Patrolling the congested halls of Barcelona’s Mobile World Congress, you couldn’t help but run into some sign of “5G,” the full-throttle Internet aspirations for smartphone manufacturers, chipmakers, network operators, and government regulators.
But what precisely is 5G and when will it impact our everyday lives? The quick takeaway is that 5G, or the next generation of mobile technology, is all about blistering speeds on the smartphones in our pockets. But it’s also technology likely to have a broad bearing on society at large, touching everything from remote medicine to the Internet of Things.
“What can a consumer do with more bandwidth and lower latency?”
“These are the kind of disruptions that happen once in a decade,” says Hiroshi Lockheimer, senior vice president for Android, Chrome OS & Play at Google.
“Today no one ever questions why 4G should exist. Even if it’s just Gmail, or browsing the Web, you want to use 4G to do it. And I think that’s how it’s going to be with 5G. It’s faster, lower latency—why wouldn’t you want that?”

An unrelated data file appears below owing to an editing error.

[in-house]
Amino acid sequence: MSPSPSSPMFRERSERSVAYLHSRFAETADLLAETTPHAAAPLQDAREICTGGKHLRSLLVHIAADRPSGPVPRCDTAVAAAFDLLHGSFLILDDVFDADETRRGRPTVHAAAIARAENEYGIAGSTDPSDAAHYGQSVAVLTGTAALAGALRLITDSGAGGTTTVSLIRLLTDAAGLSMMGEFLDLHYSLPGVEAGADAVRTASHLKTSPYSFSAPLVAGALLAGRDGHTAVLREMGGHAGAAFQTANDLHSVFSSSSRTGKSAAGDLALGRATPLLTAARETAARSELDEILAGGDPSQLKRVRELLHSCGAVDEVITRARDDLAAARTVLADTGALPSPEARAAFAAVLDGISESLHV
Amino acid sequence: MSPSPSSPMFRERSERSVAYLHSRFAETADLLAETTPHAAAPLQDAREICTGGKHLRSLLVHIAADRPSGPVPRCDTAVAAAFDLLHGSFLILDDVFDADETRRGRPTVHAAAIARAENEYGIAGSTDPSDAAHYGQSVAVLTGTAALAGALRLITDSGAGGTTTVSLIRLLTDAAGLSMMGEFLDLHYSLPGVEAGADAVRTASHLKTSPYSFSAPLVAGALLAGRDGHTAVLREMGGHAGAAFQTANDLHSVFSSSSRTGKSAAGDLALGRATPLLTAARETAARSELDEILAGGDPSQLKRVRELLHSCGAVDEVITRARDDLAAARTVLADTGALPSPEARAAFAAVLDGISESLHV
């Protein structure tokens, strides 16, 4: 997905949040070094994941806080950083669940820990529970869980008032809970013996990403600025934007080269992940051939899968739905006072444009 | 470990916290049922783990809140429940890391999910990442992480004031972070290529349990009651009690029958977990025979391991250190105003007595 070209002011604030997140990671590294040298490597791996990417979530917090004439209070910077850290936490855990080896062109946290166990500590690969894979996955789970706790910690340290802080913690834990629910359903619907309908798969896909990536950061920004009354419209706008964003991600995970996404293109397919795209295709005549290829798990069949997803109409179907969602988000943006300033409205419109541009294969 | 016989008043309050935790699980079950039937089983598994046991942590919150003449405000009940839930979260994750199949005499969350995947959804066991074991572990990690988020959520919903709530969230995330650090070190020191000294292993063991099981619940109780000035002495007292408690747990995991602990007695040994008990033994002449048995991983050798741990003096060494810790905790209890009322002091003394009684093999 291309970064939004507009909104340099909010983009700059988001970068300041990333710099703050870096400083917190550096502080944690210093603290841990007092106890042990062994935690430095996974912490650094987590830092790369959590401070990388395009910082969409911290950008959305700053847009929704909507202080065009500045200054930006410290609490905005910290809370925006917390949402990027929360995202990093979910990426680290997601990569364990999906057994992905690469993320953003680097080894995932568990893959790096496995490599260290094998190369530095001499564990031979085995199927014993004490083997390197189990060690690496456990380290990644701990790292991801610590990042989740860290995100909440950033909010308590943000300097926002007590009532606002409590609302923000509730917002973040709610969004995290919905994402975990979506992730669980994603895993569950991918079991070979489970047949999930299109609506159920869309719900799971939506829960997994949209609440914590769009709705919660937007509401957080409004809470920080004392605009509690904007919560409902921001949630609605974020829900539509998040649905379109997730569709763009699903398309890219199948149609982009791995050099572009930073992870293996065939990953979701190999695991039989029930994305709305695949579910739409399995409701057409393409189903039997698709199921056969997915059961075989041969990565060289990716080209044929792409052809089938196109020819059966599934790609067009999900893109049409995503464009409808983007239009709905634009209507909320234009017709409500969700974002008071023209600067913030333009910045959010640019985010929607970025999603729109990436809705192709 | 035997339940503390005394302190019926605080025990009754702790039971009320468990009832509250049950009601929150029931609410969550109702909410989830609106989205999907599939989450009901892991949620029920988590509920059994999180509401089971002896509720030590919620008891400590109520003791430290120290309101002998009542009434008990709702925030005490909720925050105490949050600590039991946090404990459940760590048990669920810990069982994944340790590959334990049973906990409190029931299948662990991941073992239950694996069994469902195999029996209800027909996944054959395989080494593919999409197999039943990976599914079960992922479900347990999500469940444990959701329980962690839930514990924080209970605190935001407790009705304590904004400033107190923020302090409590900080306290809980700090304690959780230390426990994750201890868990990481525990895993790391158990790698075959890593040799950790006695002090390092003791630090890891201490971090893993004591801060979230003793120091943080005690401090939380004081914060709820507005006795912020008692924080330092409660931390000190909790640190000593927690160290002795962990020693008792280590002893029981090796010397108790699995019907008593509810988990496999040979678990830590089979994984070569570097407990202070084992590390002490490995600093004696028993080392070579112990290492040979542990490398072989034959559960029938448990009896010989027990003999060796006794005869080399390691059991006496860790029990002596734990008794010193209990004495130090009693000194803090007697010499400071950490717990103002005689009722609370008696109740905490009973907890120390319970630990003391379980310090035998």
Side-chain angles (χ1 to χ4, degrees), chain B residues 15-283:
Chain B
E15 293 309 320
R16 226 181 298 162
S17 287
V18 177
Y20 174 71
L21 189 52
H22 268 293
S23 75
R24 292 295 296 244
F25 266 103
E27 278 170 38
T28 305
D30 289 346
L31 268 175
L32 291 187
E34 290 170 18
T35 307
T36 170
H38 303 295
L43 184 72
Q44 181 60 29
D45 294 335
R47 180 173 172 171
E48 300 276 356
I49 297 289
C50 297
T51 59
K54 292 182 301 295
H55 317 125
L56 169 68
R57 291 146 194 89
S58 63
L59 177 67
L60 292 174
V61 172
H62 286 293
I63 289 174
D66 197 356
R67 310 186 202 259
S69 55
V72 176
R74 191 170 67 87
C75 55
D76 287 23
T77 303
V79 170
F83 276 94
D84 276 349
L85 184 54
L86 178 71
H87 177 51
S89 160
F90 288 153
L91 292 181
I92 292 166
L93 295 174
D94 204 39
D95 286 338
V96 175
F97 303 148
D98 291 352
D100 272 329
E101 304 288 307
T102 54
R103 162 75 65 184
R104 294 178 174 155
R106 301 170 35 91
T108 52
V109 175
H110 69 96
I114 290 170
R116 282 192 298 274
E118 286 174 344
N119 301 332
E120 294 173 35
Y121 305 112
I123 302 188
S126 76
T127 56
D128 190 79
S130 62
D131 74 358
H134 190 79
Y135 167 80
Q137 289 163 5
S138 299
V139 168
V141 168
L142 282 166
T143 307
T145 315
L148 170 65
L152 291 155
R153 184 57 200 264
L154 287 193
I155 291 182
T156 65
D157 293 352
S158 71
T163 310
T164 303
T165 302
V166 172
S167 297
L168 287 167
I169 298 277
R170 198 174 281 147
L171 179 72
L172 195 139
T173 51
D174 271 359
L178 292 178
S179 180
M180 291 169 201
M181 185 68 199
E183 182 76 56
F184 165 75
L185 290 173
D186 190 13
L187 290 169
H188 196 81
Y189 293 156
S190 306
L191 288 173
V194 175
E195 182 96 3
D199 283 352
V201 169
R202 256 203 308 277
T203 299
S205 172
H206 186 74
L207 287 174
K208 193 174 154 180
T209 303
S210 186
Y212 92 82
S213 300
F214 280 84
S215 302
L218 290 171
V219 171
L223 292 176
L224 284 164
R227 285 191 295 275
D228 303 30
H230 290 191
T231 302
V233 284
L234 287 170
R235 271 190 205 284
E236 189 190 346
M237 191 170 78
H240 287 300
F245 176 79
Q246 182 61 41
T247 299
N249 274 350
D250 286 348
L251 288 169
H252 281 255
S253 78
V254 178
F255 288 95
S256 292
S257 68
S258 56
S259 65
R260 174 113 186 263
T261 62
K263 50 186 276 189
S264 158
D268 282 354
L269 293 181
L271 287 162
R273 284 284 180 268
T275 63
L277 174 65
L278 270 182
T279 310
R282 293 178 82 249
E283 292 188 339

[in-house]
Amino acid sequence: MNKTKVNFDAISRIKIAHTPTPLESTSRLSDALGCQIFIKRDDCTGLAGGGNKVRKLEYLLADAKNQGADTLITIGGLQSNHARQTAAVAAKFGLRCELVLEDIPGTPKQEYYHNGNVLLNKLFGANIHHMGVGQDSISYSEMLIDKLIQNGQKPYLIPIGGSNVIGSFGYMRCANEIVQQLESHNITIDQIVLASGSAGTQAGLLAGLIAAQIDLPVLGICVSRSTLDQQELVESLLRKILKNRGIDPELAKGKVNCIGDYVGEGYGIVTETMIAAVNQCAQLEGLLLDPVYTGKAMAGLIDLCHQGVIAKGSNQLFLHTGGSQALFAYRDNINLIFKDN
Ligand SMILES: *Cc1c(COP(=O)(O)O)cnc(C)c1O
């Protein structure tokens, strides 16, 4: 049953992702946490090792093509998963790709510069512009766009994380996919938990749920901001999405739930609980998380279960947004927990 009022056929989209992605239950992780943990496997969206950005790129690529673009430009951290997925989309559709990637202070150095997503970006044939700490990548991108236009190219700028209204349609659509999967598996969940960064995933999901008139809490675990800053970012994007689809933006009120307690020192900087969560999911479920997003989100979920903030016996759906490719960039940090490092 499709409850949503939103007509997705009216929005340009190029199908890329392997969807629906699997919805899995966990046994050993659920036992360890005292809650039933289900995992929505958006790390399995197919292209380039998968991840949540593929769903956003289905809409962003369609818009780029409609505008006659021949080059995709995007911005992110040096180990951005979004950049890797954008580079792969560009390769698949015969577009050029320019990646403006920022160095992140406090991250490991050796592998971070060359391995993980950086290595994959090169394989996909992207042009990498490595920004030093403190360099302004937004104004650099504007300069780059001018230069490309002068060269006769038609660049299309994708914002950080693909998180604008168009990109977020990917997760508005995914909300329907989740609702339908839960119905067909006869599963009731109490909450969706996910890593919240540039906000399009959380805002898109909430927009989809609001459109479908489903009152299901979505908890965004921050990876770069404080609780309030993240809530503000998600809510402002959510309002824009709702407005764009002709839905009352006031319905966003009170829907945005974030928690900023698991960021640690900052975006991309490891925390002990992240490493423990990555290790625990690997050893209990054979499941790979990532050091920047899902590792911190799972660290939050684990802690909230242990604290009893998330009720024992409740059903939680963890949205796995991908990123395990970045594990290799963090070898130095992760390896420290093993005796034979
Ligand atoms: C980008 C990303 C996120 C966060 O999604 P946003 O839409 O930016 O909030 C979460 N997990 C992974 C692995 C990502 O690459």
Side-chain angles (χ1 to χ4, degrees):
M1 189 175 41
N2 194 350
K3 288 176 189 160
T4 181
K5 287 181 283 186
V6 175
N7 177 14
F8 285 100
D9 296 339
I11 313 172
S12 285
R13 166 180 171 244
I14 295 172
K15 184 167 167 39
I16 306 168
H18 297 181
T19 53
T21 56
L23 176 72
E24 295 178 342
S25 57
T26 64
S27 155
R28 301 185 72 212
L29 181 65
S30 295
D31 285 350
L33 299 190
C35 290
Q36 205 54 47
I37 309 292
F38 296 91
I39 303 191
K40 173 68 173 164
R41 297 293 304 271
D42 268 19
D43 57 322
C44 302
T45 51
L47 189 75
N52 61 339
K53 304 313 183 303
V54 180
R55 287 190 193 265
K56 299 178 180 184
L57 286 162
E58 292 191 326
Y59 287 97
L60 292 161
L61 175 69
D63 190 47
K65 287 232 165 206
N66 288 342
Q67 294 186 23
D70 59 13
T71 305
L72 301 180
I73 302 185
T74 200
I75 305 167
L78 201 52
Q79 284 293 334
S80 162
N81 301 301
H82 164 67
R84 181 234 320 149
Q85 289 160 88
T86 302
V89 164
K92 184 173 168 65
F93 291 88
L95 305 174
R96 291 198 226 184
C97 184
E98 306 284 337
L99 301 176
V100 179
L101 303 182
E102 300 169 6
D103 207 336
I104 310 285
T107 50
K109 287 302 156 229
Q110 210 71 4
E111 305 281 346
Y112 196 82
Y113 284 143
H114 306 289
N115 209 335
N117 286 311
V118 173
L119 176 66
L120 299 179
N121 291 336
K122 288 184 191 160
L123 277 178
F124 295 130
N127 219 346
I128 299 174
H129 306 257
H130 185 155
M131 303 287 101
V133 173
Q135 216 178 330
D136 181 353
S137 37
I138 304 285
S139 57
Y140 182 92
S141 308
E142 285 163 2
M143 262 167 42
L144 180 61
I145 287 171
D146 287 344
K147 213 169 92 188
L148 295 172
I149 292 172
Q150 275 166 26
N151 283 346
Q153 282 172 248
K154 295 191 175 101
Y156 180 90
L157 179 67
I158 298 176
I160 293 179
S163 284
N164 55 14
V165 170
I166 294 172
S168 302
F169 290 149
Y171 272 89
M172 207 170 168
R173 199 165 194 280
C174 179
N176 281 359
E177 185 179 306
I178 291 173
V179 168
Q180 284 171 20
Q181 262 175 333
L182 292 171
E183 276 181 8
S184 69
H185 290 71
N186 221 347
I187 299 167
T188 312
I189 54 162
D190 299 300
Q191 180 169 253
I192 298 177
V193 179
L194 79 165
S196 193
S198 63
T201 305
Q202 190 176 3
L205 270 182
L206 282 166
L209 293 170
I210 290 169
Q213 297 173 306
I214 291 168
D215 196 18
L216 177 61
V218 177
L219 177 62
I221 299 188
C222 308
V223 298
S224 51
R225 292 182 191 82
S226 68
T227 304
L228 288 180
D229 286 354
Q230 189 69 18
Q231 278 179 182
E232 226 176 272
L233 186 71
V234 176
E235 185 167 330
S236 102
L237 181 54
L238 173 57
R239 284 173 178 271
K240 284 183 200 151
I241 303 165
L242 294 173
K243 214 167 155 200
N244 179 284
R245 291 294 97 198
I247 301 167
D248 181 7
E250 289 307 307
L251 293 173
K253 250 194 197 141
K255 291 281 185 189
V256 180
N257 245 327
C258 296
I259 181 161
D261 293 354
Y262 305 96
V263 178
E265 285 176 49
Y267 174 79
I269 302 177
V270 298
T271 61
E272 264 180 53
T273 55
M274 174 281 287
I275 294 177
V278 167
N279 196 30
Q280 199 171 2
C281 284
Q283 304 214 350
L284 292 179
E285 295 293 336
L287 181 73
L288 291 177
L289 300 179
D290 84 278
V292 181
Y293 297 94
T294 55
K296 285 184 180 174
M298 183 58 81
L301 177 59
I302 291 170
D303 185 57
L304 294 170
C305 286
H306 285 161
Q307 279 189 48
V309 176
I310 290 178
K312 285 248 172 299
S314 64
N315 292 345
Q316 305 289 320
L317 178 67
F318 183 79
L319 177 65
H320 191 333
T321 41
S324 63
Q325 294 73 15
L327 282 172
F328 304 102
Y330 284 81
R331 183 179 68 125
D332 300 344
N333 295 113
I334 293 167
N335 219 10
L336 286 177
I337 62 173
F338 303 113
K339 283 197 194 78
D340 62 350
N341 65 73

When it arrives
Despite early trials such as Verizon’s plan to launch 5G in 11 pilot U.S. markets mid-year, much of the infrastructure is still being built out, and the industry standards and technical specifications that ultimately define 5G have yet to be hammered out. Security must be baked in.
5G becomes real for the average person toward the end of the decade, or when the first devices start to roll out: fixed hotspots in the 2019 timeframe, smartphones a year later, says Glenn Laxdal, who heads networking products for Ericsson in North America.
Ericsson predicts that in North America about a third of the smartphone base, some 100 million subscribers, will be 5G-enabled by 2022. Globally, about 500 million subscribers will have 5G-capable smartphones.
The GMSA, the organization that puts on the annual mobile industry conference called Mobile World Congress, forecasts that commercial 5G networks will provide coverage to a third of the world’s population by 2025. 5G connections are forecast to reach 1.1 billion by that year, or about one in eight mobile connections worldwide at that time.